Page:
Monday, December 25, 2006

Christmas' Economic and Moral Lessons

Lew Rockwell posts this gem about the reality of the Christmas story. It's truly a shame that the realities in which biblical characters lived are rarely mentioned in our church culture, whether from the pulpit, Sunday school or general reading. And sometimes sentimental legends are tacked on to the story. Rockwell, for example, rebuffs the idea of Joseph and Mary traveling from inn to inn.

I can think of a few more. I've always had the picture painted for me that Jesus was poor. Dirt poor. You know, "birds have nests and foxes have holes, but the Son of Man has nowhere to lay His head." An extension of this is the idea that self-inflicted poverty is some kind of Christian virtue. It's odd that we tend to think of Him as poor. After all, he received gold, frankincense and myrrh. From nobility and royalty, no less. A number of times I've heard that contrary to popular opinion shaped by our Christmas stories there would have been far more than three travelers that sought the newborn King. Ancient customs would tip us off that there would have been a delegation of dozens or maybe even hundreds. Historical realities of this nature are only slightly helpful, however, because the more important implications are ignored.

Ancient customs would also direct us to believe that royalty in search of a newborn king would have showered Him with gifts. The amount of gold and spices would have been unfathomable to the average person. In contemporary vernacular, Jesus would have been an instant millionaire. Dirty, rotten, filthy, stinking rich. Just read the chronicle books to discover how kings, like David and Solomon and their peers, treated each other. Ever wonder where that vial of perfume came from that was applied to His feet with that woman's hair? The disciples were indignant at the waste and my center margin notes tell me that it would have been worth a year's wages. That's about 40 G's today, blue-collarly speaking. My revised view of Jesus as being rich sheds new light on how I view Him and His attitudes about people around Him, and has changed how I view my own life.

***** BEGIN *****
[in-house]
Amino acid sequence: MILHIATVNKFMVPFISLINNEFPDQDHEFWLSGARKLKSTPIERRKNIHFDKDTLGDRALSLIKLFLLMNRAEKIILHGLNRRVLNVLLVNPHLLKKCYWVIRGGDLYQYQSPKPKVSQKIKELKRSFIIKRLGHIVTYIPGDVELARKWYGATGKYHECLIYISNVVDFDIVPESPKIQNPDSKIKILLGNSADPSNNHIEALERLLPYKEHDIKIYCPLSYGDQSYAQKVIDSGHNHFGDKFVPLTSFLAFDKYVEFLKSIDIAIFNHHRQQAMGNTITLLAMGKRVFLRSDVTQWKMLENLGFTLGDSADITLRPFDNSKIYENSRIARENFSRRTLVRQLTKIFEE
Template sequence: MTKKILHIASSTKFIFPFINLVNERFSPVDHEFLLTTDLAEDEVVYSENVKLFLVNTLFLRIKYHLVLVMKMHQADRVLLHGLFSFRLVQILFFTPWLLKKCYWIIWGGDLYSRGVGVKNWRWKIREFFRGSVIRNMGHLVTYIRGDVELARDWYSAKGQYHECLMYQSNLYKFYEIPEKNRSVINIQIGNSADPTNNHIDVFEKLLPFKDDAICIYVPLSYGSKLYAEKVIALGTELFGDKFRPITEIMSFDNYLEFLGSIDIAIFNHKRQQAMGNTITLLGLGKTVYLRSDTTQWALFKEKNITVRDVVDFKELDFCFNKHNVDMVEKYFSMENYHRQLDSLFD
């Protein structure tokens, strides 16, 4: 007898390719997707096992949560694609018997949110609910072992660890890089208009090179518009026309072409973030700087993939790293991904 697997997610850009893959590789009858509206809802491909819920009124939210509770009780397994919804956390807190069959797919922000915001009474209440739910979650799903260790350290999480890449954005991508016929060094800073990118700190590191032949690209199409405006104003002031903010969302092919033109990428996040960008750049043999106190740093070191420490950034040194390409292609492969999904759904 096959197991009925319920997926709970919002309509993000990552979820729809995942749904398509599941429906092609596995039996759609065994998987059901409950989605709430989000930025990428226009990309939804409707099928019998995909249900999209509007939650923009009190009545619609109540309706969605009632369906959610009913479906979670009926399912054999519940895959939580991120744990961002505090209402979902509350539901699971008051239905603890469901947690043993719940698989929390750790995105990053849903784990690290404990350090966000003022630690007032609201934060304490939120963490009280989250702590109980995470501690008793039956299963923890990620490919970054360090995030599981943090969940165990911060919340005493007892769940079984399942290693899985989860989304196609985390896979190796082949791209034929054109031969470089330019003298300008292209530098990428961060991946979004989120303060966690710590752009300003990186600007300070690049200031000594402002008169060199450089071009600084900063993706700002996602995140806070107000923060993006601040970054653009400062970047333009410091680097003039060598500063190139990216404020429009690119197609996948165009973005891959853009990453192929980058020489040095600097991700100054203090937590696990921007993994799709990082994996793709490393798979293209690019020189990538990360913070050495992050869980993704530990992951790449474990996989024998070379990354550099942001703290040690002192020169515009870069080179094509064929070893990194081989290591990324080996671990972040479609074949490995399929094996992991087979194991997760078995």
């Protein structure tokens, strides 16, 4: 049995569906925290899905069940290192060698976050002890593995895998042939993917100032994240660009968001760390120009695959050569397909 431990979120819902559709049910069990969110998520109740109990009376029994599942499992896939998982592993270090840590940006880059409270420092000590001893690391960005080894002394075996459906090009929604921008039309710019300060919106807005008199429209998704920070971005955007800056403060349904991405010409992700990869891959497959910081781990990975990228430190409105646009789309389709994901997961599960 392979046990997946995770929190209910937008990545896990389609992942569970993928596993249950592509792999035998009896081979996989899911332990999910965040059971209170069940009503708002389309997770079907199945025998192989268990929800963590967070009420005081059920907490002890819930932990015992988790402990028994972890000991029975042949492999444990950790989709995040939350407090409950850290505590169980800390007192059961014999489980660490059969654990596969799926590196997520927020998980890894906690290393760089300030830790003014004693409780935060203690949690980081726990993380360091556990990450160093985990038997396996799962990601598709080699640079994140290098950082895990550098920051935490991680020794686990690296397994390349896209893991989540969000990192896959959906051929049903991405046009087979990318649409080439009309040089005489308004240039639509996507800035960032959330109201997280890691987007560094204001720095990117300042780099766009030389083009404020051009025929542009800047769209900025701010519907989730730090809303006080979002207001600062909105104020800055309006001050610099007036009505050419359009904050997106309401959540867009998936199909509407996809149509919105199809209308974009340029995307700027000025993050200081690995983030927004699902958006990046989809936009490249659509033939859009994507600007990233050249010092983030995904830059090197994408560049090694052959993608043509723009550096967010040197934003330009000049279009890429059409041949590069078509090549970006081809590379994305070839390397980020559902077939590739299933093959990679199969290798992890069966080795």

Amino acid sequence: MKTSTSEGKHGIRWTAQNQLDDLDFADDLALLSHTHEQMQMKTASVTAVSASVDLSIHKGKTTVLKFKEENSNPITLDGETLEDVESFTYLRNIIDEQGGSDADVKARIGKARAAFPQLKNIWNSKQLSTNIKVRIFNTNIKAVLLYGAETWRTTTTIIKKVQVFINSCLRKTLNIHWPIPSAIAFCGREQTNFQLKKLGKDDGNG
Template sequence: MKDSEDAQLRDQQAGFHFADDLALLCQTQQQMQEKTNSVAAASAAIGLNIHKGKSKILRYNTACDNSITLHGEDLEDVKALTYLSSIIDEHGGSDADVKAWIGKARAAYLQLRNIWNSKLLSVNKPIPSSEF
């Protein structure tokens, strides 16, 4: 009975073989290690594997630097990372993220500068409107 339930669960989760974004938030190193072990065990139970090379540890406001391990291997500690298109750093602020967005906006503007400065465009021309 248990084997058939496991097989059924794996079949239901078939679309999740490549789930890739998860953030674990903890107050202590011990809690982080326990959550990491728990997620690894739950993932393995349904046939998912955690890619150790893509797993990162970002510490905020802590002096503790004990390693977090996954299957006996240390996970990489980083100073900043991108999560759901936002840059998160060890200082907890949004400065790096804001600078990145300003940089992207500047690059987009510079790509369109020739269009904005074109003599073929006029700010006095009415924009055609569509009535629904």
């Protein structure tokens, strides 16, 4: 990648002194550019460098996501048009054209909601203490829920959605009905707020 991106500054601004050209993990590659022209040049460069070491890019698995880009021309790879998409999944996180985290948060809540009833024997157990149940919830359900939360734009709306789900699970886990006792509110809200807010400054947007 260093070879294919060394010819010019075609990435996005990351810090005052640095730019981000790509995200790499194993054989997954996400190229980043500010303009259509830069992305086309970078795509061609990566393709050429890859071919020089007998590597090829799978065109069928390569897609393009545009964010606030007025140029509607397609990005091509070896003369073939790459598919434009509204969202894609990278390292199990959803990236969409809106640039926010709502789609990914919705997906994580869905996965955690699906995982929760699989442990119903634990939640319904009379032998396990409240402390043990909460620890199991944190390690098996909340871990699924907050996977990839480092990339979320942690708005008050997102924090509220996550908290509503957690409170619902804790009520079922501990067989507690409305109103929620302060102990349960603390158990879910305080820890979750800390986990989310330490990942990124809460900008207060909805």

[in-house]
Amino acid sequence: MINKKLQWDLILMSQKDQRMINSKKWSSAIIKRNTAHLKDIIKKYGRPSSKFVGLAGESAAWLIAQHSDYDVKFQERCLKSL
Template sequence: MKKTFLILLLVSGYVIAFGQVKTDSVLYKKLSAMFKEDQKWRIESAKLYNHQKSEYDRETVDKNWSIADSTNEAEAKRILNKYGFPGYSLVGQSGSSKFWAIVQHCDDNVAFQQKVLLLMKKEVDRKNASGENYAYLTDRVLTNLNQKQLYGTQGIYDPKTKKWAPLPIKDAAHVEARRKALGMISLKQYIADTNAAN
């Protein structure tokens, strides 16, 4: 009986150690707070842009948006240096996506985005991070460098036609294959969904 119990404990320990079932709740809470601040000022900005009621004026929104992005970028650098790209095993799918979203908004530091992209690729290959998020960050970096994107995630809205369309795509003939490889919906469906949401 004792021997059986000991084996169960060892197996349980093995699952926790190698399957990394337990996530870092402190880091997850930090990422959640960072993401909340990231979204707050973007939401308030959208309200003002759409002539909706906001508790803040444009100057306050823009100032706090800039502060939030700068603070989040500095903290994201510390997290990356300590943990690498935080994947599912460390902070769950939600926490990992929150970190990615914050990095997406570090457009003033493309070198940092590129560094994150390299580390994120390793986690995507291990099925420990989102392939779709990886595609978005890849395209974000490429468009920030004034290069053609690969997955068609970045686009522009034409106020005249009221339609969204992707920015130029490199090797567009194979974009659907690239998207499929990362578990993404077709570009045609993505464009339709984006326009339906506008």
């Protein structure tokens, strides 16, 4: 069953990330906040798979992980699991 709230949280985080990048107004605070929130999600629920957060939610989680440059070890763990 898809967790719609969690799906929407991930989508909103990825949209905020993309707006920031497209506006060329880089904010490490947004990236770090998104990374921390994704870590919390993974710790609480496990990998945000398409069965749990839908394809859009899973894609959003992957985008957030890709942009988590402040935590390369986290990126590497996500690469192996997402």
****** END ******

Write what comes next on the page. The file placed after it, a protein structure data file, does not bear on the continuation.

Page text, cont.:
Another one is Joseph's and Mary's travel to Bethlehem. I've also had a picture painted for me that they were these wonderful, righteous believers who showed their Christian virtue of obedience to the government, floating over the roads a few feet off the ground, with halos and angelic choirs singing in the background, the sun's rays beaming through the clouds. Nonsense. They were terrified people who didn't want their lives turned into a much greater hell by tyrants. I've heard that the road from Nazareth to Bethlehem was long and grueling. This is the last place I'd want to escort a pregnant woman. It was no afternoon cruise down the PCH listening to the Beach Boys. My wife is pregnant and it's enough just getting her to church and back.

God is merciful, political tyrants are not. God's general requirement for worship in the OT was to bring an offering to Jerusalem. If you lived too far away, God would set up a more convenient place. Kinda like FedEx does with their express drop-off boxes. Convenient for the ones you're dealing with. But it seems from the bible that each person was mandated to travel to the city of family origin to register. I stated above that Joseph and Mary didn't obey because it was supposedly the right thing to do, but because they probably feared for their lives. I'm fairly sure of this because only a little while later, Herod tried to murder their son, and did murder many other children.

I've often wondered that if in eternity God would show us a video history of history. If we really knew what life was like, what Paul's face looked like, how tall Noah was, etc, would we be shocked? I'm sure we would be surprised.


  1. Our pastor preached once that the "inn" was probably referring to a "guest house" or "guest rooms" in private homes and that Joseph and Mary had trouble getting accomodations with kinsmen because she was scandalously unwed and pregnant.

  2. VF, that one's new to me. I've heard the one about "inn" meaning guest house, but did guest houses have mangers?

  3. It was not unusual for families to keep livestock inside the house on the lower floor.